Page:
It's almost too hard to believe! Like many, I am extremely happy at last night's election. I'm really overjoyed to be honest! America will now have a black president in Barack Obama. It's a victory for African America from many vantage points. First, one of its own has reached a height that, pre-Obama, most probably thought could not now be attained. Whatever your views about politics in this country, one would have to be uber cynical to not feel optimistic and hopeful about that accomplishment. Second, and more important, this country will now have a real progressive voice in the presidency again. President Obama may have to govern from the center, but, at the very least, he will do so with a clear understanding of the issues and concerns of the left, the middle class, and of the poor. In many ways that will bear fruit for our country and our community in the years to come - whether its in securing affordable health care for all Americans, or leading a more intelligent foreign policy, or creating incentives for American companies to bring jobs back, or whether it is jump-starting a new economy based upon clean and green technologies. Barack will have an extraordinary impact on our country. In many ways, he is the right man at the right time!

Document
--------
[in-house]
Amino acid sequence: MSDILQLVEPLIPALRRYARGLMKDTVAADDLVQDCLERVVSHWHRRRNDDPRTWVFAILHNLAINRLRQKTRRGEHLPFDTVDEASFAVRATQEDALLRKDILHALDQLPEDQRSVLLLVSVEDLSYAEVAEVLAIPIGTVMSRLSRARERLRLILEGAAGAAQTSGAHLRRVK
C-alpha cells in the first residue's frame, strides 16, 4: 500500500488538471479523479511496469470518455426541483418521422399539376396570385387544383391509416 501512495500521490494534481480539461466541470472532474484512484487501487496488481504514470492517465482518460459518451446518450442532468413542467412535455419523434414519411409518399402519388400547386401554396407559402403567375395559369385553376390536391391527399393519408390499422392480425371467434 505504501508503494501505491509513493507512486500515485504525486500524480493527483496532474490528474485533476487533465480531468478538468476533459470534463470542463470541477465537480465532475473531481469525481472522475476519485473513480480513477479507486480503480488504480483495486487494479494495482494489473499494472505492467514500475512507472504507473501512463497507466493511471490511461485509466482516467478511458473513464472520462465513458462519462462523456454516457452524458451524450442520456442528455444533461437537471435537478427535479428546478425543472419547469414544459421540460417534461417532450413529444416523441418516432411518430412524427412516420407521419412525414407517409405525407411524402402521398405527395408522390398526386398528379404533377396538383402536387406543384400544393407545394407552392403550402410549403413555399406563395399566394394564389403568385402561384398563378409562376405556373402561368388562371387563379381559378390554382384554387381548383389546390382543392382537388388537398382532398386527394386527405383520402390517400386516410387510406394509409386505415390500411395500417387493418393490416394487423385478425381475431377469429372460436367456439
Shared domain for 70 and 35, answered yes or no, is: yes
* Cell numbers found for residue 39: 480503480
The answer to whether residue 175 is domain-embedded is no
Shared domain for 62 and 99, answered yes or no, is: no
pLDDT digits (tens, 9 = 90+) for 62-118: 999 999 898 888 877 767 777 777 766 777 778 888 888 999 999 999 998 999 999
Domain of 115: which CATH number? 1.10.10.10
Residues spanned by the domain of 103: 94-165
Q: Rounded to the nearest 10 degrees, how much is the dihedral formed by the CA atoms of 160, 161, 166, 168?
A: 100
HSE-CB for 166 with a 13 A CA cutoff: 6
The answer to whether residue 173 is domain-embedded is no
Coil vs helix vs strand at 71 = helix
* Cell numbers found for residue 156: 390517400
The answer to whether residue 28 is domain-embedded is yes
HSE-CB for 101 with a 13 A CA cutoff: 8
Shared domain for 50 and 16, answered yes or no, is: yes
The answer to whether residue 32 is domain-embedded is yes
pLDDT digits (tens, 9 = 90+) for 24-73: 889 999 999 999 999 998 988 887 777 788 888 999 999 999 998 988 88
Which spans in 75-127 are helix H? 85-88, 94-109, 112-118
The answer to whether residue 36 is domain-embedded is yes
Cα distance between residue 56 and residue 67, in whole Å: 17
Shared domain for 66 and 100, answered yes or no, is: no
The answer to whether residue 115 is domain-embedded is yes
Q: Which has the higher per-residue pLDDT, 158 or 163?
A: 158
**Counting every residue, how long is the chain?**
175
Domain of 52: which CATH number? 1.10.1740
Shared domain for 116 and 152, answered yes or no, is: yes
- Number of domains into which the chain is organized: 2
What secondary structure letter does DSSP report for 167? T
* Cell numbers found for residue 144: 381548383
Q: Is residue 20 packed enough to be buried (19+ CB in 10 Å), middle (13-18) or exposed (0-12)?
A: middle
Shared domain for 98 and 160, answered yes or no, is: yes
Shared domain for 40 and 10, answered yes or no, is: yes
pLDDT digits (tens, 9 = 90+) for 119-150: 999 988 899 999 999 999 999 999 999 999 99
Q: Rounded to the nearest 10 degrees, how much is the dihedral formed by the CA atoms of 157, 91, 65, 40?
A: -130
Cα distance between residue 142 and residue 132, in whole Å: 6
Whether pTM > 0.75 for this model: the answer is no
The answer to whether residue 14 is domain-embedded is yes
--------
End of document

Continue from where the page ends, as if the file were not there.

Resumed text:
For over a year I've said that one of the most powerful consequences of a Barack Obama presidency is the potential impact it could have on African American young people. I am so hopeful about him inspiring them to meaningfully expand the horizons of their aspirations and dreams. Growing up, my mother consistently and strategically told me that I can do anything in life. I can't tell you how important that positive reinforcement was. Even today, I benefit from those words as they sustain me through the natural moments of doubt that we all have. For African American young people to be able to have someone who looks just like them in the White House, as the most powerful man on the planet, it will hopefully deliver a similar empowering message to them that will resonate, perhaps, for generations to come. My hope is that it will propel a whole swath of young black folks to reach just a bit farther and to achieve just a bit more in their lives. This could be the most important aspect of Obama's victory last night.